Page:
Emergency Plans, Teams, Services

Medical Emergency

Protect people from further harm and get medical help fast: diabetic, cardiac, epileptic and respiratory emergencies are most common.



  1. Determine if the person is conscious,
    • Ask them if they are OK,
    • If they do not respond - gently shake them and ask,
    • If they do not respond - determine if they are breathing (check for rise in chest with inhalations) - call 911

    If they are unconscious and not breathing - call 911 (follow directions) and get assistance from others,

    • If trained in CPR, perform airway clearance and rescue breaths,
    • If not trained in CPR, the dispatcher will talk you through it,
    • Send someone to direct EMS to your location.
  2. If they do not have a pulse - call 911 and follow directions from the dispatcher; send someone to meet EMS and get them to your location quickly.
    • If trained in CPR, perform airway clearance and rescue breaths,
    • If not trained in CPR, the dispatcher will talk you through it,
    • Send someone to direct EMS to your location.

Injuries and bleeding - call Public Safety and give first aid until help arrives. Use First Aid Kits and gloves on all open injuries.


Seizure First Aid:

From the CDC web page

About 1 out of 10 people has had a seizure. That means seizures are common, and one day you might need to help someone during or after a seizure.

Learn what you can do to keep that person safe until the seizure stops by itself.

* Call LBCC Public Safety immediately to help assess the situation and administer first aid if needed.

First aid for generalized tonic-clonic (grand mal) seizures:

When most people think of a seizure, they think of a generalized tonic-clonic seizure, also called a grand mal seizure. In this type of seizure, the person may cry out, fall, shake or jerk, and become unaware of what’s going on around them.

Here are things you can do to help someone who is having this type of seizure:

* First aid for any type of seizure:

There are many types of seizures. Most seizures end in a few minutes. These are general steps to help someone who is having any type seizure:

  • Ease the person to the floor.
  • Clear the area around the person of anything hard or sharp. This can prevent injury.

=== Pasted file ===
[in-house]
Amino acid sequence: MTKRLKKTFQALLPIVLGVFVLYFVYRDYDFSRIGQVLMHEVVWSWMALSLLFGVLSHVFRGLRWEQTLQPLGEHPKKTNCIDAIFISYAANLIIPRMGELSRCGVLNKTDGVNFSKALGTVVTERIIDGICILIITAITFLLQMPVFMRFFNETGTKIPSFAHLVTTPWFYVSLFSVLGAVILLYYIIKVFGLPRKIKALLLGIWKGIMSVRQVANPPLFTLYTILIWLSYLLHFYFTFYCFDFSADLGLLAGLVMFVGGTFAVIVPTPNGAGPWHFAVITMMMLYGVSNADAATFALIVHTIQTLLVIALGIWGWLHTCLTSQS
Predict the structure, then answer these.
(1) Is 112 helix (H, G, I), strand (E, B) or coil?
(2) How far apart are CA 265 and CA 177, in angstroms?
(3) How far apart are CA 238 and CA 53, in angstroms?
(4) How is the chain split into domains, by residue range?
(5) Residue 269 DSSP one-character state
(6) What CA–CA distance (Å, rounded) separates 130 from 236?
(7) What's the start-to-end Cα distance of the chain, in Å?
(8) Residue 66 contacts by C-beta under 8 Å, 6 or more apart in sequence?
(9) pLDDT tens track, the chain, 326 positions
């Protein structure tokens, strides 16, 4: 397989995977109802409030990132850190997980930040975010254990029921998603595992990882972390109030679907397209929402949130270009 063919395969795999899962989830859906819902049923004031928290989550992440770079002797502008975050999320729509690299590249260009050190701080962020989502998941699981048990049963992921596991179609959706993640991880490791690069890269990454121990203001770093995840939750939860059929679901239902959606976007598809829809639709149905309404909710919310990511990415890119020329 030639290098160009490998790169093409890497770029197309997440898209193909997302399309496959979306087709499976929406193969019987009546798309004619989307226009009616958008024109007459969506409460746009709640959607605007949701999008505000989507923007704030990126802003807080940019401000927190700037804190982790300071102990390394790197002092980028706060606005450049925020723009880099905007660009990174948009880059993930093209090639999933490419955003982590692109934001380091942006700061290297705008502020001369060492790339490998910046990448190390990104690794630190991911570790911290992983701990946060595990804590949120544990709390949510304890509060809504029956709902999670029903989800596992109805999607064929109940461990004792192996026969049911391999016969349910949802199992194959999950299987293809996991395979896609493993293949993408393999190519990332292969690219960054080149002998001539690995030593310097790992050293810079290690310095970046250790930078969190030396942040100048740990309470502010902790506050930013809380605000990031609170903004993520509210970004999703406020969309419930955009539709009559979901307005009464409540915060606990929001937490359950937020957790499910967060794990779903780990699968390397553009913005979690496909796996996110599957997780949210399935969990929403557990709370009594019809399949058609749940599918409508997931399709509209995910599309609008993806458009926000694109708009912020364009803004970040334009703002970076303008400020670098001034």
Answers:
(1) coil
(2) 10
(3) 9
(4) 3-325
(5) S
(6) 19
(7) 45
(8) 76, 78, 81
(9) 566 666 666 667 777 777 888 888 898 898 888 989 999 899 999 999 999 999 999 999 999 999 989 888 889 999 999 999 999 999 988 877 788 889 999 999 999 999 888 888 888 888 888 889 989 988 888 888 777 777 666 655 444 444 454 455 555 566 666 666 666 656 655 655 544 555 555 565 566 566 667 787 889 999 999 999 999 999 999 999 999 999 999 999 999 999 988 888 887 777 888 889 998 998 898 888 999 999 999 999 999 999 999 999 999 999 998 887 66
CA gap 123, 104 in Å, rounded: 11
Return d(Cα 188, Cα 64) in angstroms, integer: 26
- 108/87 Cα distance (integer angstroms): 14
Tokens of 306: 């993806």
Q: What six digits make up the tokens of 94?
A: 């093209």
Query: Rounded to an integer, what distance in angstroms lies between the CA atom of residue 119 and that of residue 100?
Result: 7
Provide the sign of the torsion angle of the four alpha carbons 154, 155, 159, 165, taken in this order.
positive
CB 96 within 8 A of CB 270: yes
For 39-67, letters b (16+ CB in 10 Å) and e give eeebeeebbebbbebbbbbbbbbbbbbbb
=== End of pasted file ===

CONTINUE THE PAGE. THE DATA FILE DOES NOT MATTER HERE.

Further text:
• Put something soft and flat, like a folded jacket, under his or her head.
  • Remove eyeglasses.
  • Loosen ties or anything around the neck that may make it hard to breathe.
  • Time the seizure. [If there was not injury; caused by the initiation of the seizure – such as hitting the head  hard on the floor or another object, 911 is usually not called initially. Call 911 if the seizure lasts longer than 5 minutes or the person is injured during the seizure.]

First aid for seizures involves keeping the person safe until the seizure stops by itself

  • Stay with the person until the seizure ends and he or she is fully awake.
  • Turn the person gently onto one side. This will help the person breathe and cause any fluids to drain from the mouth.
  • After it ends and the person is able to sit up, help the person sit in a safe place. Once they are alert and able to communicate, tell them what happened in very simple terms.
  • Comfort the person and speak calmly.
  • Check to see if the person is wearing or a medical bracelet or other emergency information.
  • Keep yourself and other people calm.
  • Offer to call a taxi or another person to make sure the person gets home safely.

Video demonstration showing seizure response protocol.

Call 911 if:

  • The person has never had a seizure before.
  • The person has difficulty breathing or waking after the seizure.
  • The seizure lasts longer than 5 minutes.
  • The person has another seizure soon after the first one.
  • The person is hurt during the seizure.
  • The seizure happens in water.
  • The person has a health condition like diabetes, heart disease, or is pregnant

LBCC Public Safety will help make this assessment for you.

Seizures are fairly common on campus. Some students and/or staff have seizure protocols on file specifying whether or not to call 911 and who they do want us to call.